There are other options for who could take over as America’s top security official, however. One of these is the senator for Arkansas, Republican Tom Cotton. He supports Trump on all military matters and uses anti-Iranian rhetoric. He is rather young, however, at just 42. Another argument against is that Trump is unlikely to want to weaken his team in the Senate.
US Secretary of the Navy Richard Spencer is also being considered as a possible candidate.
The two dark horses are Senator Lindsey Graham, and Energy Secretary and US Air Force veteran Rick Perry.
There has even been mention of US State Secretary Mike Pompeo, but that would then leave the question of who would take his place.
This is all just speculation, however. Mark Esper is more than acceptable to both Trump and the scrupulous military professionals.
Forbes recalls that Esper served as Raytheon’s vice president for government relations, i.e. he promoted arms sales. And, in view of the previously launched Third Offset Strategy, the current period is characterised by a heightened interest in so-called “future weapons”. This is an area that Raytheon is directly involved in, and, with the help of lobbyist Esper (and the more than 350 other professional lobbyists in the Trump administration), millions from the budget could be diverted to this sector.
Bearing in mind that Raytheon shares went up after Tomahawk missiles were dropped on Syrian targets in April 2017 and 2018, it is likely that such “surgical” operations will be important to the US industrial war machine for three interrelated reasons. First, the US has stockpiles of obsolete munitions that it would be preferable to dispose of effectively. Second, these stockpiles will need to be replenished to maintain combat readiness. Third, it would be preferable for the Pentagon and the White House to commission the very latest, most advanced types of weapons. The different versions of the SM-6 surface-to-air missile, for example, which were put into service in the US in 2013. There are just 500 of them in the US armed forces as yet, while various estimates place the number of obsolete Tomahawks at between 4,500 and 7,000. Or the development of hypersonic weapons capable of reaching speeds of Mach 5 and faster. Or the dozens of more conventional weapon types for all branches of the US military. Incidentally, the Javelin anti-tank missile system known for being supplied to Ukraine is also a Raytheon invention.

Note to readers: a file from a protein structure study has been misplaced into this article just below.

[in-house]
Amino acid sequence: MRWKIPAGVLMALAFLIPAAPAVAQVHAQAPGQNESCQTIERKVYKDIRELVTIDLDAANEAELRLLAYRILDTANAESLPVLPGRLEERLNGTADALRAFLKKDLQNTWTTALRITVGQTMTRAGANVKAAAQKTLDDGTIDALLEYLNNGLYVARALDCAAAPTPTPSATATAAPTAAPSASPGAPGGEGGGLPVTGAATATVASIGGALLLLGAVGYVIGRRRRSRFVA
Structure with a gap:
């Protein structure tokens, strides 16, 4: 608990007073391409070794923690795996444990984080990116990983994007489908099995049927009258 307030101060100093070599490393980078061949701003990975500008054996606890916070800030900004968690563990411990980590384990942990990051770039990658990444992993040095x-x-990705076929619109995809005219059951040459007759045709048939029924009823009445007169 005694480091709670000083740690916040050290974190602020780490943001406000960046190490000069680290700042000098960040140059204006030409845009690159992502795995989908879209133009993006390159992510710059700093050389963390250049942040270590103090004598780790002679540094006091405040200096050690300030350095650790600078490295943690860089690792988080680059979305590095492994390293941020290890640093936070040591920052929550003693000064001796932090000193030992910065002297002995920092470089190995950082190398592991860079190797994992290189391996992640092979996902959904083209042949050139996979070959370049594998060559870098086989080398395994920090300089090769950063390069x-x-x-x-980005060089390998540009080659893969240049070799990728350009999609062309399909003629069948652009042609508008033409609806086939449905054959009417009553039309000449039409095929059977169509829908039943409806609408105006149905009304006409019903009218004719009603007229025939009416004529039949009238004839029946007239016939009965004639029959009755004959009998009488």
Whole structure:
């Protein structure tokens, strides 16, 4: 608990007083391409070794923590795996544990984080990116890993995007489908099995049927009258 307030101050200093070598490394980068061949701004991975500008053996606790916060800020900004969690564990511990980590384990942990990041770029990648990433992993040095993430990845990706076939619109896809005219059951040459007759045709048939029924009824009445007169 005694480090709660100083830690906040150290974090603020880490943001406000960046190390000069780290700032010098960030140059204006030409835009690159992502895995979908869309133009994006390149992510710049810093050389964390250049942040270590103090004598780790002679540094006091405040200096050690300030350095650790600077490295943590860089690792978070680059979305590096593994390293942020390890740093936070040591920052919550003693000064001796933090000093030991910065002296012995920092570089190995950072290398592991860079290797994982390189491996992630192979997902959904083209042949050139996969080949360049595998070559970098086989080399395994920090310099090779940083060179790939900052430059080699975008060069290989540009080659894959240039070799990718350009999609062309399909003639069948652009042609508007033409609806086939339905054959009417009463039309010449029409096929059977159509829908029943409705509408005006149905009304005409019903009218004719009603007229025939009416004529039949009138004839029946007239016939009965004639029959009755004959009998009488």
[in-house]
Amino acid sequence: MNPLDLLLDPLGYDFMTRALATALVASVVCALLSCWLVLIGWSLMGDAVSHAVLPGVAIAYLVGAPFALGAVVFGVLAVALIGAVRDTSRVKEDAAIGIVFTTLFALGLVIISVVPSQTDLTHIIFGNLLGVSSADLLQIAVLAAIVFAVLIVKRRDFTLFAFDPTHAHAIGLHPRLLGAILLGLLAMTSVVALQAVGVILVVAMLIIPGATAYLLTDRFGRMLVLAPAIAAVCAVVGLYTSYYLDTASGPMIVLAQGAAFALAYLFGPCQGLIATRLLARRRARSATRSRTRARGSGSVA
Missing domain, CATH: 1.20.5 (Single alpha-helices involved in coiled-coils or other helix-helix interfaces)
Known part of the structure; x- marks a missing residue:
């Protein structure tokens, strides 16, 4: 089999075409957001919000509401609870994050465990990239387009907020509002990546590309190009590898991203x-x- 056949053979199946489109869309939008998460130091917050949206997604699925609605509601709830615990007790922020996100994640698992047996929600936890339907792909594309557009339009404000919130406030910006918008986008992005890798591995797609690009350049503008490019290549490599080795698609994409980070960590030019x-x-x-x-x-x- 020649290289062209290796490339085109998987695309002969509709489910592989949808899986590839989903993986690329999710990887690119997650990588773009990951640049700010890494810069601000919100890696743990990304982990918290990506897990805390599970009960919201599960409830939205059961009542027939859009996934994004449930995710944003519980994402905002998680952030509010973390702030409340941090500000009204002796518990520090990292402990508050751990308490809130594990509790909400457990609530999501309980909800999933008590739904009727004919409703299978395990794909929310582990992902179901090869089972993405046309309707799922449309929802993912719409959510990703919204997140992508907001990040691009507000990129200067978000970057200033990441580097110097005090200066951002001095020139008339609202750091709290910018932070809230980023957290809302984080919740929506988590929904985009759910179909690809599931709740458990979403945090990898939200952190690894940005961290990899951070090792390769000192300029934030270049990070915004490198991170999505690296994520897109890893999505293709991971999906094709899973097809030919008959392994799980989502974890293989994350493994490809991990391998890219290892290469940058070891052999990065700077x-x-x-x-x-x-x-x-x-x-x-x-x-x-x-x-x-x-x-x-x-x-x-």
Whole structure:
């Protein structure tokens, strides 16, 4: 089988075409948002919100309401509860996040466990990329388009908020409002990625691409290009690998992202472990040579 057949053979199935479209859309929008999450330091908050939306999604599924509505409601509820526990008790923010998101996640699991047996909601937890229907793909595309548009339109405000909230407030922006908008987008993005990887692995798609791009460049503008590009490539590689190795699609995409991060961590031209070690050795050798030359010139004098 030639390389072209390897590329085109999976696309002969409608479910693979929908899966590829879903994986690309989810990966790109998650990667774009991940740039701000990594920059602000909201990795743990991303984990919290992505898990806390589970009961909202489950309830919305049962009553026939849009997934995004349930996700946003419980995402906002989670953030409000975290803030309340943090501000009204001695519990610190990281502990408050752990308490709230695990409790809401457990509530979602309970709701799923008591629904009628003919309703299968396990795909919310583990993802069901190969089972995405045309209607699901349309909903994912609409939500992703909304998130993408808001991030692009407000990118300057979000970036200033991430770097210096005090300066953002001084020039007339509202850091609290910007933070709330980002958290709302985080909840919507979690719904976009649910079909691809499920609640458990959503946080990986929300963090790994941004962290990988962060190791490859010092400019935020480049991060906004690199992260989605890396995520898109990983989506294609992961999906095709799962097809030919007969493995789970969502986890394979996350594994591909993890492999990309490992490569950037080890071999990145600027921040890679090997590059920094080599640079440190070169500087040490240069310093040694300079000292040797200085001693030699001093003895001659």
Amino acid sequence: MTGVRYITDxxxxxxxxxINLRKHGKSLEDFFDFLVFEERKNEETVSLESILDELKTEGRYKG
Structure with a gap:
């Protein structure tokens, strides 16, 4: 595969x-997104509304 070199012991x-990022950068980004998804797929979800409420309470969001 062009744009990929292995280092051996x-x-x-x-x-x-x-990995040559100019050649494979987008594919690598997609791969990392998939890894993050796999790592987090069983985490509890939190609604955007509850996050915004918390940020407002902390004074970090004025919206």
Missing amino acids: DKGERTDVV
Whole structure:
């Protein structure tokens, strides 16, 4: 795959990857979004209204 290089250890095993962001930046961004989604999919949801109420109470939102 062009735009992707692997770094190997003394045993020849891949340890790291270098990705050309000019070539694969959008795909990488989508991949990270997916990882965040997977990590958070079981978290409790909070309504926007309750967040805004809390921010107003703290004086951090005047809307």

And it is not just for the defence capabilities of the US, which no one is going to attack anyway, but also to maintain an adequate level of sales to its partners on a voluntary-compulsory basis. (As with smart power, which is a combination of hard power and soft power strategies, US weapons systems are sold using a combination of mutual interests and political blackmail.)
The political climate in the US will also play a certain role, since the new election campaign is already under way. And it is important for Trump to show the effectiveness of his work by taking the credit for as many achievements as possible (and over the past three years he has proved himself to be a skilful window dresser). So stability in the US defence industry will only benefit his ratings.
Ultimately, Esper “will exercise all of the authorities and powers of the Secretary of Defense” until the final nomination, so the transition period will not affect crucial decision making.
By Leonid Savin
Source: Oriental Review